Another example of how the Belarusian government’s habitual nature affected the tournament revealed itself in a less expected way. A couple of days before the start of the event, the authorities of Minsk advised all shops, cafes, bars and restaurants to sell only Belarus-produced beer during the championship. In the Belarusian administrative vocabulary, such 'advice' amounts to a direct prohibition. Apparently, the authorities saw it as a way to boost local brewers’ sales.
In all probability, the majority of fans did not even notice this unexpected monopoly of Belarusian beer. But foreign businessmen who consider investing in Belarus must have made some additional conclusions about the country’s business climate.
Russians Are Coming and Going
The last night of the World Cup looked different from the rest of the tournament. While most foreigners were leaving Minsk, more Russian fans came to support their team in the final game against Finland – including Vladimir Putin, who kept his plan to visit Minsk a secret.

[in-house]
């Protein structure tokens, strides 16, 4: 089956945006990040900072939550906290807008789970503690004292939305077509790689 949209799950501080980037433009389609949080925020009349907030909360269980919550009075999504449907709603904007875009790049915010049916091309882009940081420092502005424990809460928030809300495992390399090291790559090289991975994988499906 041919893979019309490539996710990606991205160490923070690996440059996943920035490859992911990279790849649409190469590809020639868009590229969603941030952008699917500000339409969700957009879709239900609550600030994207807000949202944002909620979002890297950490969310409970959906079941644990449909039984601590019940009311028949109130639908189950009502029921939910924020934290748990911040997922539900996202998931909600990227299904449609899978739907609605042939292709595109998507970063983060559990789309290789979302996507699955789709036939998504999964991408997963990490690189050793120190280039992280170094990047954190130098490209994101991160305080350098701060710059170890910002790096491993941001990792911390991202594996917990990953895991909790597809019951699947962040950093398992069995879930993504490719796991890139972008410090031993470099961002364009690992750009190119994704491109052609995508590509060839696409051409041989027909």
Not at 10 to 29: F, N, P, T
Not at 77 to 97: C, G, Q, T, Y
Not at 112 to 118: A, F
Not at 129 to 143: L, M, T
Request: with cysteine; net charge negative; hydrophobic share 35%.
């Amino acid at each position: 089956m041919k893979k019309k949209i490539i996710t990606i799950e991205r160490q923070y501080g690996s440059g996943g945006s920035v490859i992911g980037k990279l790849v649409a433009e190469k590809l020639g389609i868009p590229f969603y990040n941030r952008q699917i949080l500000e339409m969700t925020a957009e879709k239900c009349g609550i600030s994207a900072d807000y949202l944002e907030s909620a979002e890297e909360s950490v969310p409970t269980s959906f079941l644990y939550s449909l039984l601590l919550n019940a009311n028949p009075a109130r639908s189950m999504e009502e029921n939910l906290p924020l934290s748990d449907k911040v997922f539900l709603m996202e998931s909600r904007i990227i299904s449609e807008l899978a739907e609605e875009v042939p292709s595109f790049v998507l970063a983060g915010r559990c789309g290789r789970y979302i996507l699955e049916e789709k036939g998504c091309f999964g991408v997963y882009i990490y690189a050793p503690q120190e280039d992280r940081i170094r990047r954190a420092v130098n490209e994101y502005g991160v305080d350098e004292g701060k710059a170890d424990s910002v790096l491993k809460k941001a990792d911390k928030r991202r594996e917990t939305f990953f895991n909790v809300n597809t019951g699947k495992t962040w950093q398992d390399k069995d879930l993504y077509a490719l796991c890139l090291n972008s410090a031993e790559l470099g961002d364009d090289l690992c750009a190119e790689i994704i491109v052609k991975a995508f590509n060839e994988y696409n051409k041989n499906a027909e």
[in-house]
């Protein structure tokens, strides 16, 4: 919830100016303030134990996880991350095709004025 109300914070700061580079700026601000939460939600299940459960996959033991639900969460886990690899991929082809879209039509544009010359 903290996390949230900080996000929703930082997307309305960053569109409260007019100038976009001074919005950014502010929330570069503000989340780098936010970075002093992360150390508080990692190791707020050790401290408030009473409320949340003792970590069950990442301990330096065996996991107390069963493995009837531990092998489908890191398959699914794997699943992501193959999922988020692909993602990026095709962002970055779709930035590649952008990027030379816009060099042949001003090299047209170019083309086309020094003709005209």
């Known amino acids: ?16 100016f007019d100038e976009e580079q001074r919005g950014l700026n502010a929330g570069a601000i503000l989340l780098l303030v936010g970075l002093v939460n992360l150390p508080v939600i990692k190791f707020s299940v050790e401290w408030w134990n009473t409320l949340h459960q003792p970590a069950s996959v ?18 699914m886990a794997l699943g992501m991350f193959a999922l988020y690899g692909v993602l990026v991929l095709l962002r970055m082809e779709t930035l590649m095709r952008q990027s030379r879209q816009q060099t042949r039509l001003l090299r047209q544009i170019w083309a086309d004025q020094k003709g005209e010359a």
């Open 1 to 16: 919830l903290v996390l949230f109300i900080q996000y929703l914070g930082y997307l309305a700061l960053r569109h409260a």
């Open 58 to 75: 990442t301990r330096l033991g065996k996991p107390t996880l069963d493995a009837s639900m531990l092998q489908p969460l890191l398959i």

After the match, the central streets of Minsk became flooded with Russian flags and people celebrating their victory. The behaviour of Russian fans seemed to confirm all traditional stereotypes: drunk, reckless and aggressively patriotic — some waiving Soviet or Russian flags with Crimea written on them. They received mixed reactions from Minsk's inhabitants. Many joined Russian fans in their celebrations and loud victorious chants. And others tried to stay away and simply enjoy the last hours of a party so large, Minsk had never seen the likes of it before.